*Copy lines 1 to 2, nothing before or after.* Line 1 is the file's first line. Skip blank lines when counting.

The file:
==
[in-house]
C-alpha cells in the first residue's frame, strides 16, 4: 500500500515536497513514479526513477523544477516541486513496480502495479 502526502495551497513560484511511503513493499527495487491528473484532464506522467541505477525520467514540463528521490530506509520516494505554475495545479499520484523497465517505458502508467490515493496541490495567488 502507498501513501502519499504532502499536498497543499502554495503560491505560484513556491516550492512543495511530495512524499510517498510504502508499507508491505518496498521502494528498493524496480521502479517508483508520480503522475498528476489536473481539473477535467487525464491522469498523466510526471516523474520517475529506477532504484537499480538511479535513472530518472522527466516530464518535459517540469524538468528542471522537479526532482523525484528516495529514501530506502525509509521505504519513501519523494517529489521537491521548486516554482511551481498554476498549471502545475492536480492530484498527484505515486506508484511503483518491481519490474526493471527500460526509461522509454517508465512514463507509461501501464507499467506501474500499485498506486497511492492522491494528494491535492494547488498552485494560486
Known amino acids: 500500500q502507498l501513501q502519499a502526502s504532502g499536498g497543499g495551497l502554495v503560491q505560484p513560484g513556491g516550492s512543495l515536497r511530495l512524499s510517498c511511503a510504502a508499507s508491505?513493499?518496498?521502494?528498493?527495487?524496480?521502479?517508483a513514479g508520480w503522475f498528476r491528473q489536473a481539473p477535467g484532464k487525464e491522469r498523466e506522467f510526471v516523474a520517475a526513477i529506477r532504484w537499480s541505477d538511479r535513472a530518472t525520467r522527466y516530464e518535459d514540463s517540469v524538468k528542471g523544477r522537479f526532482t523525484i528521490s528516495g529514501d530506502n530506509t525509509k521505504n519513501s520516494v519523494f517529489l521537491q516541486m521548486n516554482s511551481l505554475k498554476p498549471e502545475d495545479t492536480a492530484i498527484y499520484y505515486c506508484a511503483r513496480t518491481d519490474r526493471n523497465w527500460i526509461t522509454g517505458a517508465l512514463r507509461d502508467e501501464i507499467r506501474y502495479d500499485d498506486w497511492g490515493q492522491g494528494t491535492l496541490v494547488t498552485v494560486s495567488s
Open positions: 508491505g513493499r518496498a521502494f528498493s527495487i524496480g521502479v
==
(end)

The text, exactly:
[in-house]
C-alpha cells in the first residue's frame, strides 16, 4: 500500500515536497513514479526513477523544477516541486513496480502495479 502526502495551497513560484511511503513493499527495487491528473484532464506522467541505477525520467514540463528521490530506509520516494505554475495545479499520484523497465517505458502508467490515493496541490495567488 502507498501513501502519499504532502499536498497543499502554495503560491505560484513556491516550492512543495511530495512524499510517498510504502508499507508491505518496498521502494528498493524496480521502479517508483508520480503522475498528476489536473481539473477535467487525464491522469498523466510526471516523474520517475529506477532504484537499480538511479535513472530518472522527466516530464518535459517540469524538468528542471522537479526532482523525484528516495529514501530506502525509509521505504519513501519523494517529489521537491521548486516554482511551481498554476498549471502545475492536480492530484498527484505515486506508484511503483518491481519490474526493471527500460526509461522509454517508465512514463507509461501501464507499467506501474500499485498506486497511492492522491494528494491535492494547488498552485494560486